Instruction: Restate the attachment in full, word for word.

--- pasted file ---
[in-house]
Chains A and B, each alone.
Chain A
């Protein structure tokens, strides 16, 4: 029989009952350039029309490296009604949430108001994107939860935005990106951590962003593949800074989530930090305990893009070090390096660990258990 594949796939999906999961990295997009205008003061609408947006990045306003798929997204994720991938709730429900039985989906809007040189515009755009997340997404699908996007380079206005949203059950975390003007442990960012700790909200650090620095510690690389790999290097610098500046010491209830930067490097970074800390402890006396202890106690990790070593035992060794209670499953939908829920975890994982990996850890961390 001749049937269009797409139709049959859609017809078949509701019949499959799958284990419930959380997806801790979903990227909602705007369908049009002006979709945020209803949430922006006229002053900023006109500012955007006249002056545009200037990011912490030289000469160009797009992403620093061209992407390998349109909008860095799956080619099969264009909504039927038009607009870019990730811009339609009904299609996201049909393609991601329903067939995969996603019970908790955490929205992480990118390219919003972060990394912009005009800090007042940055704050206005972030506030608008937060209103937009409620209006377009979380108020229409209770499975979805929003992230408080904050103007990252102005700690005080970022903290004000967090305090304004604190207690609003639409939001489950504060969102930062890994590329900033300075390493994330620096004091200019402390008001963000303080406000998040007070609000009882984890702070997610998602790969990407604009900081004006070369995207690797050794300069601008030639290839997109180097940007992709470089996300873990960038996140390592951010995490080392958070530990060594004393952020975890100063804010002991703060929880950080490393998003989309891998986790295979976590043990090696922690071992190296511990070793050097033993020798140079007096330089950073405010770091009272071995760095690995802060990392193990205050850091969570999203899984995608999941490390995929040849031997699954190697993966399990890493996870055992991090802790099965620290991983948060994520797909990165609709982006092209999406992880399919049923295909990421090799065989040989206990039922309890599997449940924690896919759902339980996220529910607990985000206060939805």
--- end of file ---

[in-house]
Chains A and B, each alone.
Chain A
């Protein structure tokens, strides 16, 4: 029989009952350039029309490296009604949430108001994107939860935005990106951590962003593949800074989530930090305990893009070090390096660990258990 594949796939999906999961990295997009205008003061609408947006990045306003798929997204994720991938709730429900039985989906809007040189515009755009997340997404699908996007380079206005949203059950975390003007442990960012700790909200650090620095510690690389790999290097610098500046010491209830930067490097970074800390402890006396202890106690990790070593035992060794209670499953939908829920975890994982990996850890961390 001749049937269009797409139709049959859609017809078949509701019949499959799958284990419930959380997806801790979903990227909602705007369908049009002006979709945020209803949430922006006229002053900023006109500012955007006249002056545009200037990011912490030289000469160009797009992403620093061209992407390998349109909008860095799956080619099969264009909504039927038009607009870019990730811009339609009904299609996201049909393609991601329903067939995969996603019970908790955490929205992480990118390219919003972060990394912009005009800090007042940055704050206005972030506030608008937060209103937009409620209006377009979380108020229409209770499975979805929003992230408080904050103007990252102005700690005080970022903290004000967090305090304004604190207690609003639409939001489950504060969102930062890994590329900033300075390493994330620096004091200019402390008001963000303080406000998040007070609000009882984890702070997610998602790969990407604009900081004006070369995207690797050794300069601008030639290839997109180097940007992709470089996300873990960038996140390592951010995490080392958070530990060594004393952020975890100063804010002991703060929880950080490393998003989309891998986790295979976590043990090696922690071992190296511990070793050097033993020798140079007096330089950073405010770091009272071995760095690995802060990392193990205050850091969570999203899984995608999941490390995929040849031997699954190697993966399990890493996870055992991090802790099965620290991983948060994520797909990165609709982006092209999406992880399919049923295909990421090799065989040989206990039922309890599997449940924690896919759902339980996220529910607990985000206060939805």